Definition of gridlock in English:



  • 1[mass noun] A situation of very severe traffic congestion.

    ‘the city reaches gridlock during peak hours’
    • ‘How else can we deal with the looming threat of climate change and gridlock on the roads?’
    • ‘If we want to keep motorists sane and avoid total the gridlock of Saturday last, now is the time to start planning.’
    • ‘A virtual gridlock exists around this area between 4.30 pm and 6.30 pm.’
    • ‘A number of ideas are being looked at by Colchester Council to bring an end to rush-hour gridlock.’
    • ‘People feared the development would cause traffic gridlock and claimed noisy fans would make their lives a misery.’
    • ‘Nobody will thank the planners if they face daily gridlock getting to and from their homes.’
    • ‘In Edinburgh, six-mile tailbacks of commuter traffic brought gridlock to much of the city for more than three hours.’
    • ‘The best way to ease gridlock is to voluntarily switch to other forms of travel, where possible.’
    • ‘Diversions left early morning motorists facing huge tailbacks and the gridlock is expected to continue tonight.’
    • ‘The aim is to rid the town of heavy through traffic which is creating gridlock.’
    • ‘Traffic lights lost power, causing gridlock all across the city.’
    • ‘The predictable result was gridlock on the highways.’
    • ‘A meeting was convened to discuss possible ways to prevent total gridlock.’
    • ‘There was gridlock on some roads when 200,000 people converged on RAF Fairford for last summer's two-day event.’
    • ‘London's new congestion charging experiment - designed to ease traffic gridlock in the capital - went live this morning.’
    • ‘The A1237 fails in that too many roads feed into it causing gridlock at peak times.’
    • ‘Mr Weston said: ‘It was total gridlock and we're determined it won't happen again.’’
    • ‘One open-air concert starring Robbie Williams attracted 370,000 people and caused gridlock for miles.’
    • ‘York's traffic was plunged into rush-hour gridlock again as half-term holidaymakers joined commuters on the congested roads.’
    • ‘And that flood of goods is threatening to create gridlock on the roads and rails of Southern California.’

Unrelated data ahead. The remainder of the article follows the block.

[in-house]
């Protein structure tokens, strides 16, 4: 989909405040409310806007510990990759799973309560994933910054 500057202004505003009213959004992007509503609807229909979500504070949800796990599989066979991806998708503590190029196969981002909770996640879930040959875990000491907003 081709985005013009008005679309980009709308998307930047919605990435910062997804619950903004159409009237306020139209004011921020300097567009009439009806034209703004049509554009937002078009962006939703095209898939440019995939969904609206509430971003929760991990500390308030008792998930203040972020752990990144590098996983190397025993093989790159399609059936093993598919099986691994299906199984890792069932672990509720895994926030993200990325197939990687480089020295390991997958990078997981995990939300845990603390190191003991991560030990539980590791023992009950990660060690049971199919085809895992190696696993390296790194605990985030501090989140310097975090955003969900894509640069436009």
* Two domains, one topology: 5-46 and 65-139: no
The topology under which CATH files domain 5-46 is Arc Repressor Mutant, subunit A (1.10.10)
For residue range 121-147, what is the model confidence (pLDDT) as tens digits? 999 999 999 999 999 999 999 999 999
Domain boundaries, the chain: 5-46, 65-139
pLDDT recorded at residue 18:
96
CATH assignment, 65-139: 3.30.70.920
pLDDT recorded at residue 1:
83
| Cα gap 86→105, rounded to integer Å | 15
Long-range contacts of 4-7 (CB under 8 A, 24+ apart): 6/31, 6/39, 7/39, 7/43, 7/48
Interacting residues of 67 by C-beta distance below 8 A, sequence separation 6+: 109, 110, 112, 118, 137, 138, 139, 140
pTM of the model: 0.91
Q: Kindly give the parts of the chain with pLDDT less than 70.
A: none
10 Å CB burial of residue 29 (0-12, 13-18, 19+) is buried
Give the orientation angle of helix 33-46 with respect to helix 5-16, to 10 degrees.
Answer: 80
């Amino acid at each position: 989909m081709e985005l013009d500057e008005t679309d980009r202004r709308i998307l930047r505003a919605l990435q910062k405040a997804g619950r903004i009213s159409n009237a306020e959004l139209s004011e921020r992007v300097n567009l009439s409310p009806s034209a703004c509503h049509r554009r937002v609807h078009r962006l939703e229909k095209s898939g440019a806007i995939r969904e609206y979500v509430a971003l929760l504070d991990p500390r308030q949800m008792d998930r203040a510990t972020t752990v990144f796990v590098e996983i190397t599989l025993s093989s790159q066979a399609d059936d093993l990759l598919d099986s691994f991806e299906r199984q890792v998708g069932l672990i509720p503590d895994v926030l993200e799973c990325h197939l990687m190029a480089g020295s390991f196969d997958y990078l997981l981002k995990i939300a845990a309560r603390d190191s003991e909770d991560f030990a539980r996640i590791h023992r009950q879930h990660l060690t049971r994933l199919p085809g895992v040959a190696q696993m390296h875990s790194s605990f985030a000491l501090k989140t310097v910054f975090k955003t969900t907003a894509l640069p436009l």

congestion, traffic jam, jam, tailback, hold-up, bottleneck, gridlock, queue, stoppage, obstruction
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  • 2

    another term for deadlock
    • ‘And still the returns prophesied continued political gridlock in an evenly divided nation.’
    • ‘President Bashar Al-Assad ended the gridlock by attending Arafat's funeral in November 2004.’
    • ‘Proponents say a parliamentary system would end the gridlock between the executive and legislature that dogs Philippine politics.’
    • ‘But Fontaine was also slowed by the gridlock created by internal Liberal Party machinations.’
    • ‘The move to inject liquidity started in Asia as the Bank of Japan reacted early to head off fears of a global gridlock.’
    • ‘Months of political gridlock have taken the shine off of Chen's victory.’
    • ‘Wall Street likes legislative gridlock because politicians cannot apply their financial ideas.’
    • ‘That could lead to months of gridlock and policy drift, say some analysts.’
    • ‘But he is up to his neck in it right now, and potentially faces years of policy gridlock in city hall.’
    • ‘Less than four years into the life of the parliament we seem to be facing the prospect of legislative gridlock.’
    • ‘For the past few decades regional resource and environmental policy and management have been in and out of decision gridlocks in many regions of North America, Europe, and Australia.’


1980s (originally US): from grid (in gridlock)+ lock.